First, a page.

It is quite another thing to know that there are people who have never had to apply themselves, but who will always be comfortable and who will be provided better education and more opportunities than you or those in your family; and who will live in areas where others like them live, and that among their exclusive groups will control opportunities that they will share only with one another. This is a cost that society bears based solely on the speculative proposition that creative and hardworking people may, at some point in their careers, stop being productive and creative because they have accumulated enough property to care for themselves, and there is no reason for them to continue being productive and accumulating wealth unless they are given the power to control the disposition of that wealth after their death.  To my way of thinking, a very speculative proposition.

But like the artificial construct of property rights, the idea of wealth disparity is so embedded in our culture that few people ever question its justification or origin. In fact, a majority of Americans consider the “death tax” unfair, while at the same time believe that wealth disparity is a major societal problem. There is a disconnect here.

Troublingly recent trends in the law have enhanced the ability of wealth to pass generationally without taxation. Changes in the federal estate tax law have dramatically increased the amount that passes tax free, while at the same time long held common law barriers (protections) to intergenerational wealth control, such as the rule against perpetuities, are being altered in states across the nation to further the ability to create “dynasty trusts” and other planning tools that seem to directly offend the sense of community interest in the estate planning process.

Let me offer one more visual to make the point – that point being that the costs of granting post-death property rights – the cost of generational wealth – are significant in the context of social justice – and are also deeply embedded in our culture.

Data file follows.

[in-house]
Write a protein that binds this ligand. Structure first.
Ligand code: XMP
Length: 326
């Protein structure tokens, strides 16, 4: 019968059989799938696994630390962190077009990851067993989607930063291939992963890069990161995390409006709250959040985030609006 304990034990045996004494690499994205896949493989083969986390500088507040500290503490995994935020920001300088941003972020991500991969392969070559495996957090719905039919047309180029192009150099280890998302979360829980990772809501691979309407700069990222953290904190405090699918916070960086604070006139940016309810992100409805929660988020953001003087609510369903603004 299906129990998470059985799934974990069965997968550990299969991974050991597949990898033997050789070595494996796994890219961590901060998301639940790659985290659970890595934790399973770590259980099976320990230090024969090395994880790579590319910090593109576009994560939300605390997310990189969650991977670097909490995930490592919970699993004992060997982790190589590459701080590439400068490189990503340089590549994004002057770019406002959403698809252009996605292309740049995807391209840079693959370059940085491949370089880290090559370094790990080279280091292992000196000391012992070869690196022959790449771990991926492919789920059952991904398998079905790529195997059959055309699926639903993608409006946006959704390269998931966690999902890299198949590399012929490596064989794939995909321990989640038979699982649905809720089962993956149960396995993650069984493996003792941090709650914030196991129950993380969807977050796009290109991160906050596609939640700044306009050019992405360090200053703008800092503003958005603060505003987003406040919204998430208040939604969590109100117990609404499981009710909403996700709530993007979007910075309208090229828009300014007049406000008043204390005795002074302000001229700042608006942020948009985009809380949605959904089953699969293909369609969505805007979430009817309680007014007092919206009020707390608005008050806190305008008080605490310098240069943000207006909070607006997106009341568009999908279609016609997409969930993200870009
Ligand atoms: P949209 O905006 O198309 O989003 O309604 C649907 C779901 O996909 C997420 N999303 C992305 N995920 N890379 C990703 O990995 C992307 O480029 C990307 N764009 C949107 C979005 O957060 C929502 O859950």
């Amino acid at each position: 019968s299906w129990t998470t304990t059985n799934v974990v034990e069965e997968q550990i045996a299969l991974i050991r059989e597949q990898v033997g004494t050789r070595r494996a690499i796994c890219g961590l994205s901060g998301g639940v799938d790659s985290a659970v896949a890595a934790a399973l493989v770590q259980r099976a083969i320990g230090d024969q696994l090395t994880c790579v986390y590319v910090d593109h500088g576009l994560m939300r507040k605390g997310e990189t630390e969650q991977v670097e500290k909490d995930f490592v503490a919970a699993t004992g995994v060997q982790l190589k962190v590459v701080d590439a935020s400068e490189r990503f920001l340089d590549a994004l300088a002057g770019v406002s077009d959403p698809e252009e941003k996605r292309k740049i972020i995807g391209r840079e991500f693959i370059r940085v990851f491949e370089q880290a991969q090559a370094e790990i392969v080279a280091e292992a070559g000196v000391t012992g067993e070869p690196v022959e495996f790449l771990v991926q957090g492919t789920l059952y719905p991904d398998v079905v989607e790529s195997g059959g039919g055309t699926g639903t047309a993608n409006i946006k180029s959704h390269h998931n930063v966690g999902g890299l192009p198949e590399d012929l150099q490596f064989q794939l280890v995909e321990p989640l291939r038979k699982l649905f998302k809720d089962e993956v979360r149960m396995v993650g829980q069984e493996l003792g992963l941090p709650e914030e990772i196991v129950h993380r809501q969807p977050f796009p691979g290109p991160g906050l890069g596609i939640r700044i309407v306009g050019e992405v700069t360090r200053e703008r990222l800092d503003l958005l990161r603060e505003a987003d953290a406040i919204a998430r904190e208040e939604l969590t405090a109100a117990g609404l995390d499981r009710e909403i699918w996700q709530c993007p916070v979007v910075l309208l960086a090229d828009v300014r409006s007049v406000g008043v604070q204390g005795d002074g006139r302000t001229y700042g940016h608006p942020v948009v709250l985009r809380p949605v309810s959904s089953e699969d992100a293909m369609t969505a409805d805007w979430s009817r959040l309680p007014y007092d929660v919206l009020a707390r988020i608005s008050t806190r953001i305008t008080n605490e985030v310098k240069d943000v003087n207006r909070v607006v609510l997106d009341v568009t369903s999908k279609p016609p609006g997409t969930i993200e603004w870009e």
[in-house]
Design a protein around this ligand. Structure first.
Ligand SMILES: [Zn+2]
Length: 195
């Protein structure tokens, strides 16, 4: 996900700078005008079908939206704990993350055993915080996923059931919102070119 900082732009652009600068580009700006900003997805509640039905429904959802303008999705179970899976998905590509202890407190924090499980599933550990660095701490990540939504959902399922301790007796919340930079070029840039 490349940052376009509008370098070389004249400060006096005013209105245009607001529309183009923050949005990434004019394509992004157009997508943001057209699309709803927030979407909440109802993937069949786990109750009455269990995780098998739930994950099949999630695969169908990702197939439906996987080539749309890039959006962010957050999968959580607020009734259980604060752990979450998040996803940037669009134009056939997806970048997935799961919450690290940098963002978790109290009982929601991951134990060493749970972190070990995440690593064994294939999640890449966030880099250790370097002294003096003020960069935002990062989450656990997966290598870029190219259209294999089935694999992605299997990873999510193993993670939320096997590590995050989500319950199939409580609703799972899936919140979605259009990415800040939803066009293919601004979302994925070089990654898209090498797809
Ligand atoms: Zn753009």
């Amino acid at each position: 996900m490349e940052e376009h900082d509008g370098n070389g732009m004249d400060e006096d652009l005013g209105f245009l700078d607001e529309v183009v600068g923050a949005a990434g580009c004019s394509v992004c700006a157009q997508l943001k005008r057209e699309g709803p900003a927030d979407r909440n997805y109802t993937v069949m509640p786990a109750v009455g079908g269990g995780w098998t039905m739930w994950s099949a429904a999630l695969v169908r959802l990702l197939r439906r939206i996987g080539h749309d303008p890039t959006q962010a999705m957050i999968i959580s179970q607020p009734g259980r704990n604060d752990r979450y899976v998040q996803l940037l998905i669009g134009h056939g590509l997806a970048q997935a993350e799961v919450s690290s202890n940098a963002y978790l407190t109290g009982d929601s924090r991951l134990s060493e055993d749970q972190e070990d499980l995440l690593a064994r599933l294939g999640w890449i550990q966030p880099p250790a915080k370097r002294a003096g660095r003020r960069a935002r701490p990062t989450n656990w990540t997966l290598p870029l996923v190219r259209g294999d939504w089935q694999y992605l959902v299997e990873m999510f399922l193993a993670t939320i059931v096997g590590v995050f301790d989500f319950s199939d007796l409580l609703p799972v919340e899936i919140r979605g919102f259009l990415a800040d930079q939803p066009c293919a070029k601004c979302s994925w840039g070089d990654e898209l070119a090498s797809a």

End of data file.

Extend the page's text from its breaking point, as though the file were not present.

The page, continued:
Picture a stop light at which a well maintained newer model BMW is sitting next to an older mini-van with plastic replacing the missing rear window. Between the people in these two vehicles there are a whole lot of feelings flowing back and forth.  The BMW driver might imagine how horrible it would be to be seen in a minivan in that condition.  The BMW driver may feel pity or even guilt toward the driver of the van.  The van driver, who may be proud of having any vehicle at all when s/he is parked in front of his/her home in his/her neighborhood, feels something else: shame, perhaps anger, embarrassment, maybe a sense of inadequacy while in the presence of the driver of the BMW.  This vehicular expression of material wealth demands people make a judgment about each other.  That is the culture we created and that we endorse every day, presumably so that we can enjoy the benefits of capitalism.

To further the argument that this is a system that we intentionally perpetuate, picture a 7 year-old child in the minivan (fastened into an appropriate car seat). That child has no sense that the vehicle s/he is in is any different, better or worse than the BMW, and attributes no fault and passes no judgment on his/her parent (the van’s driver).  Ten years later, that child at age 17 would be mortified to be in this van.  Would feel shame and embarrassment, would worry that his/her schoolmates might see him/her, would feel anger toward his parent for making him/her feel this shame.

The evolution from the 7 year-old to the 17 year-old is not natural. It is a calculated cultural indoctrination that serves the purposes of capitalism.  A certain level of exposure to this toxin is necessary, and where the BMW driver is him/herself the wealth-creator, the dose may be tolerable in return for the benefits of incentivized productivity realized by the greater community.  But the decision to expose people to this harm beyond the level absolutely necessary should be carefully weighed.  I worry that we are currently out of balance, and only becoming more so.

My apologies. My mind wanders.  Things have been slow in the probate/elder law world.  Just thoughts.  Please don’t take offense.